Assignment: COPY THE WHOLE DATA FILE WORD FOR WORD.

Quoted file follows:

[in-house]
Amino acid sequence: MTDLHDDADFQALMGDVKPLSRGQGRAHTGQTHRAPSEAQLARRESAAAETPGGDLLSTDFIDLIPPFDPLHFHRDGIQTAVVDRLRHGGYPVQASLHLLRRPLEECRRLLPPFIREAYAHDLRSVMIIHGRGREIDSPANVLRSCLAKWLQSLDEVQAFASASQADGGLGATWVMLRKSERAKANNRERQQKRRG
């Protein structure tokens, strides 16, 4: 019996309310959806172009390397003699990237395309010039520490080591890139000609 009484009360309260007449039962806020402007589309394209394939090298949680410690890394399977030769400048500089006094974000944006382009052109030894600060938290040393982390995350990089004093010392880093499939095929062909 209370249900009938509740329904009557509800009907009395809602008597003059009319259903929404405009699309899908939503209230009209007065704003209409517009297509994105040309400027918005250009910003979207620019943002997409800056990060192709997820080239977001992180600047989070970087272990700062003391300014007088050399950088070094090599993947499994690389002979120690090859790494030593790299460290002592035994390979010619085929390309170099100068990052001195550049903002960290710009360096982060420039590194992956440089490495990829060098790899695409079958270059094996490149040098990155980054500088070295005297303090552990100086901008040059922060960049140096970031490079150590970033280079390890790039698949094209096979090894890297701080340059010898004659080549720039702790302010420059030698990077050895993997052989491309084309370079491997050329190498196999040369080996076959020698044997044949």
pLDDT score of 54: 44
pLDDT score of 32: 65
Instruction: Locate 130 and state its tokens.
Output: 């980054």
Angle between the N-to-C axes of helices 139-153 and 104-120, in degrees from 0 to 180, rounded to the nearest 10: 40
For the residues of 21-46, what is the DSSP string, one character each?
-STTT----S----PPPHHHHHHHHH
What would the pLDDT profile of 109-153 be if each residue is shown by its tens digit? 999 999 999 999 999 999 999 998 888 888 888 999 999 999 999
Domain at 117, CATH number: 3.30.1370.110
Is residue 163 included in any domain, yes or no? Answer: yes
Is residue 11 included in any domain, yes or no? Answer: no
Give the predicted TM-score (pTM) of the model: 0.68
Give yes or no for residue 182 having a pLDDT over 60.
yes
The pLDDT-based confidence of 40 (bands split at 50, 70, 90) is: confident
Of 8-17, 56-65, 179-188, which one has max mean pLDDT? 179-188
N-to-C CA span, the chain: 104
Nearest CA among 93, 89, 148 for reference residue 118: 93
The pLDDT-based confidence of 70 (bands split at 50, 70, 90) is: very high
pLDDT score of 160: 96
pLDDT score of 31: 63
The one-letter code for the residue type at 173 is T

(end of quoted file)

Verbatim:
[in-house]
Amino acid sequence: MTDLHDDADFQALMGDVKPLSRGQGRAHTGQTHRAPSEAQLARRESAAAETPGGDLLSTDFIDLIPPFDPLHFHRDGIQTAVVDRLRHGGYPVQASLHLLRRPLEECRRLLPPFIREAYAHDLRSVMIIHGRGREIDSPANVLRSCLAKWLQSLDEVQAFASASQADGGLGATWVMLRKSERAKANNRERQQKRRG
């Protein structure tokens, strides 16, 4: 019996309310959806172009390397003699990237395309010039520490080591890139000609 009484009360309260007449039962806020402007589309394209394939090298949680410690890394399977030769400048500089006094974000944006382009052109030894600060938290040393982390995350990089004093010392880093499939095929062909 209370249900009938509740329904009557509800009907009395809602008597003059009319259903929404405009699309899908939503209230009209007065704003209409517009297509994105040309400027918005250009910003979207620019943002997409800056990060192709997820080239977001992180600047989070970087272990700062003391300014007088050399950088070094090599993947499994690389002979120690090859790494030593790299460290002592035994390979010619085929390309170099100068990052001195550049903002960290710009360096982060420039590194992956440089490495990829060098790899695409079958270059094996490149040098990155980054500088070295005297303090552990100086901008040059922060960049140096970031490079150590970033280079390890790039698949094209096979090894890297701080340059010898004659080549720039702790302010420059030698990077050895993997052989491309084309370079491997050329190498196999040369080996076959020698044997044949």
pLDDT score of 54: 44
pLDDT score of 32: 65
Instruction: Locate 130 and state its tokens.
Output: 């980054």
Angle between the N-to-C axes of helices 139-153 and 104-120, in degrees from 0 to 180, rounded to the nearest 10: 40
For the residues of 21-46, what is the DSSP string, one character each?
-STTT----S----PPPHHHHHHHHH
What would the pLDDT profile of 109-153 be if each residue is shown by its tens digit? 999 999 999 999 999 999 999 998 888 888 888 999 999 999 999
Domain at 117, CATH number: 3.30.1370.110
Is residue 163 included in any domain, yes or no? Answer: yes
Is residue 11 included in any domain, yes or no? Answer: no
Give the predicted TM-score (pTM) of the model: 0.68
Give yes or no for residue 182 having a pLDDT over 60.
yes
The pLDDT-based confidence of 40 (bands split at 50, 70, 90) is: confident
Of 8-17, 56-65, 179-188, which one has max mean pLDDT? 179-188
N-to-C CA span, the chain: 104
Nearest CA among 93, 89, 148 for reference residue 118: 93
The pLDDT-based confidence of 70 (bands split at 50, 70, 90) is: very high
pLDDT score of 160: 96
pLDDT score of 31: 63
The one-letter code for the residue type at 173 is T